News Team News Manager Taylor Harvey Campus Editor Sam Cusick College Editor Cheyenne Langkamp City Editor Melissa Howison State Editor Jack Casey Enterprise Editor Samy Moskol Associate News Editor Meghan Chua Features Editor Ben Siegel Opinion Editors David Ruiz • Nikki Stout Editorial Board Chair Matt Beaty Arts Editors Cameron Graff • Andy Holsteen Sports Editors Vince Huth • Matt Masterson Page Two Editors Rachel Schulze • Alex Tucker Life & Style Editor Rebecca Alt Photo Editors Grey Satterfield • Abigail Waldo Graphics Editors Angel Lee • Dylan Moriarty Multimedia Editors Dani Golub Science Editor Matthew Kleist Diversity Editor Aarushi Agni Copy Chiefs Brett Bachman • Molly Hayman Matthew Kleist • Rachel Wanat Copy Editors Ali Bartoli • Lydia Greenberg Caitlin Hottinger • Jake Smasal
Business and Advertising email@example.com Business Manager Jacob Sattler Office Manager Emily Rosenbaum Advertising Managers Erin Aubrey • Dan Shanahan Senior Account Executives Philip Aciman • Jade Likely Account Executives Jordan Laeyendecker Elissa Hersh • Madi Fair Tessa Coan • Lyndsay Bloomfield Zachary Hanlon • Paulina Kovalo Hannah Klein • Danny Mahlum Eric O’Neil • Will Huberty Ali Syverson • Catherine Rashid Alyssa Boczkicwicz Web Director Eric Harris Public Relations Manager Alexis Vargas Marketing Manager Caitlin Furin Events Manager Andrew Straus Creative Director Claire Silverstein Copywriters Dustin Bui • Bob Sixsmith The Daily Cardinal is a nonprofit organization run by its staff members and elected editors. It receives no funds from the university. Operating revenue is generated from advertising and subscription sales. The Daily Cardinal is published weekdays and distributed at the University of WisconsinMadison and its surrounding community with a circulation of 10,000. Capital Newspapers, Inc. is the Cardinal’s printer. The Daily Cardinal is printed on recycled paper. The Cardinal is a member of the Associated Collegiate Press and the Wisconsin Newspaper Association. All copy, photographs and graphics appearing in The Daily Cardinal are the sole property of the Cardinal and may not be reproduced without written permission of the editor in chief. The Daily Cardinal accepts advertising representing a wide range of views. This acceptance does not imply agreement with the views expressed. The Cardinal reserves the right to reject advertisements judged offensive based on imagery, wording or both. Complaints: News and editorial complaints should be presented to the editor in chief. Business and advertising complaints should be presented to the business manager. Letters Policy: Letters must be word processed and must include contact information. No anonymous letters will be printed. All letters to the editor will be printed at the discretion of The Daily Cardinal. Letters may be sent to opinion@ dailycardinal.com.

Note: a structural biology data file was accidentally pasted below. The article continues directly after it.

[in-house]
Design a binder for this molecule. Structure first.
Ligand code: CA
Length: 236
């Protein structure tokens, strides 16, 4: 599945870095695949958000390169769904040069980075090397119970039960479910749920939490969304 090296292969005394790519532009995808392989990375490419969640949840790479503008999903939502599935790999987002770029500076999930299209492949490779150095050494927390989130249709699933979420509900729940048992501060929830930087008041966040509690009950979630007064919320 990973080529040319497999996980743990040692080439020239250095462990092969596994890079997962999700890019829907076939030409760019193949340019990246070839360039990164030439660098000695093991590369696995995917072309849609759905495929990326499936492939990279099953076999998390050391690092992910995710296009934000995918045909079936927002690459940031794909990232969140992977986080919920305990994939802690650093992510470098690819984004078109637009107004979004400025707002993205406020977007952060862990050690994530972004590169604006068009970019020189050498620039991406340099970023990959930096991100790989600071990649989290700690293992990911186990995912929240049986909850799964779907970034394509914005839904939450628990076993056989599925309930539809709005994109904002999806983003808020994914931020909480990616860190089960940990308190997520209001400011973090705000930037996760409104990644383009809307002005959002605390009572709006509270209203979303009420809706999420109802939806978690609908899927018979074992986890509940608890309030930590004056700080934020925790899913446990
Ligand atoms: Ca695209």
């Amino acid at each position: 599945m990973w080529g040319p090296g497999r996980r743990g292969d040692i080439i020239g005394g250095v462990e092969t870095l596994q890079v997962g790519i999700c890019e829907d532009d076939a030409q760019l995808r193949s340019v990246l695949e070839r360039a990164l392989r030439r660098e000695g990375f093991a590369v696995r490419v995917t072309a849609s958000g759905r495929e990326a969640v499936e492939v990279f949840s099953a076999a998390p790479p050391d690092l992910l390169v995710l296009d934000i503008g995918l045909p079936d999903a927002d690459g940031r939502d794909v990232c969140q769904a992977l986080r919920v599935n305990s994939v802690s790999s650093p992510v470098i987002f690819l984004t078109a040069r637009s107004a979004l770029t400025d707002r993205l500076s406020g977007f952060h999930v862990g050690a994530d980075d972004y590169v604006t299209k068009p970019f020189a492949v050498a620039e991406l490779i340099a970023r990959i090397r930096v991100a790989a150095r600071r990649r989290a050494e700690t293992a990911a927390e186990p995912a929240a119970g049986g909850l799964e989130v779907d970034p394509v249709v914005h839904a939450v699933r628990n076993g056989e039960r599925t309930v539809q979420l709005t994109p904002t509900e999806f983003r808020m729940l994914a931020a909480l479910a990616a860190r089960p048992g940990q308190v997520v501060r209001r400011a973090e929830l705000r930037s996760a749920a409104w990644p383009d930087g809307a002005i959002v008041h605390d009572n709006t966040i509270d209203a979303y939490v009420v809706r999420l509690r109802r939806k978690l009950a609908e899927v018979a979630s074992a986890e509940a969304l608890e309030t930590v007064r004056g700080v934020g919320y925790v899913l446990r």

Editorial Board Matt Beaty • Alex DiTullio Anna Duffin • Nick Fritz • Scott Girard David Ruiz • Nikki Stout
Board of Directors Jenny Sereno, President Scott Girard • Alex DiTullio Emily Rosenbaum • John Surdyk Erin Aubrey • Dan Shanahan Jacob Sattler • Melissa Anderson Stephen DiTullio • Herman Baumann Don Miner • Chris Drosner Jason Stein • Nancy Sandy Tina Zavoral © 2013, The Daily Cardinal Media Corporation ISSN 0011-5398
For the record Corrections or clarifications? Call The Daily Cardinal office at 608-262-8000 or send an email to firstname.lastname@example.org.
Just say no to grandpa humor adam wolf howlin’ mad